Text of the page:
Your average consumer, one, doesn't know how to type and, two, they don't want to. So I think what's going to end up happening if we want to appeal to broader audiences is we're going to have to use voice chat. I think you're going to have to have some kind of combination of text and voice chat, at least some sort of complex voice emote system. But it's going to have to be voice."
Gaffney: "An emote system might be a good system. Toontown did some good stuff with that. But my first reaction is: It's going to push our demographic up. Mom does not want her kid, sitting in the living room, chatting on a headset with some strange guy over the internet. It's just that simple.
With text you can at least record it better and filter it or whatever and you have none of that in voice. In fact it's very tough to even figure out how to mute people in voice. I play Counter-Strike all the time. I have to hit ninety-eight keys to figure out how to do it each time. I think these are the things that are going to have to improve, otherwise it's going to push our age demographic higher.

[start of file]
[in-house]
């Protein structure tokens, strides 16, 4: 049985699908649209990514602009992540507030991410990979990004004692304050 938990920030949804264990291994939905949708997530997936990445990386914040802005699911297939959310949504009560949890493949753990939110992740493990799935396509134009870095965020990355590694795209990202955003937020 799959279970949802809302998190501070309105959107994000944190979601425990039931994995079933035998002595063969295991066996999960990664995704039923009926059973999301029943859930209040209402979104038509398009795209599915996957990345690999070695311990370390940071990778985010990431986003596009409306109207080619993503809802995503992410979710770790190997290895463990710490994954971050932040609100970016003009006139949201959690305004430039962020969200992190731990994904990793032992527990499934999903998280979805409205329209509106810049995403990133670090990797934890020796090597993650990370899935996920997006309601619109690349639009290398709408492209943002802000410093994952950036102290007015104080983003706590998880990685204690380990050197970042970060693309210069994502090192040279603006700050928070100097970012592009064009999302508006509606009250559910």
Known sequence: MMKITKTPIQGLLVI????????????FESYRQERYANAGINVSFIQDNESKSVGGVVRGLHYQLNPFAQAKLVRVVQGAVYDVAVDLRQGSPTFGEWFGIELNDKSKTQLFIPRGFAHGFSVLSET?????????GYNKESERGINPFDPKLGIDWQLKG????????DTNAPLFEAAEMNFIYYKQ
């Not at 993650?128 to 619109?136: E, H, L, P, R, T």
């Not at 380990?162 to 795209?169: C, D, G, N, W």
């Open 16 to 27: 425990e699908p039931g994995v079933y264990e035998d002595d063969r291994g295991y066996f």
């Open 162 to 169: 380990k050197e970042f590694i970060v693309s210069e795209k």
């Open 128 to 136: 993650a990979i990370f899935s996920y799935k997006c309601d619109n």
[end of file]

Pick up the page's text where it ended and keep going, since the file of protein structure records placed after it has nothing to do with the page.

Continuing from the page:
But it's such a key feature in really coordinating a combat and the most fun, I would argue, in MMPs to date is coordinating the combat. There's really no other game style you do that in except some of the shooters, which are the more niche shooters, and it's fun. Working as a team is fun. I love it when a plan comes together."
Long: "The reality is, whether we want to or not, or whether we think its technically feasible, people are doing it anyway. If the game doesn't support it they're doing it with third party tools. So why not include it because it's going to happen anyway?
Gaffney: "I think most games with voice chat don't do it as well as Teamspeak and so Teamspeak isn't going to be run out of the industry any time soon. In PC games Teamspeak has very little competition."
Weil: "Well DAoC and Ultima Online both said 'We're not even going to bother.' Everybody uses Teamspeak anyway so we're not going to bother.
Long: "Yeah, except, the problem is, again, if we're talking about expanding our market then your average consumer has no knowledge or ability to use a third party program. So I agree that for a power user, such as you and myself, Teamspeak is ideal. But for Joe Consumer it's the whole argument, 'Well we don't even need text chat in our games because there's IRC. So we should model it after IRC'. Again, IRC works great for us but for Joe Consumer..."
Weil "Ship them the earphones and tell 'em where to plug 'em in and there you go."
Long: "That's why Xbox Live is so successful."
But whatever it may be a developer should consider this an opportunity. Voice is one of the major open doors for innovation in the next generation and whoever tackles it well will do well in turn.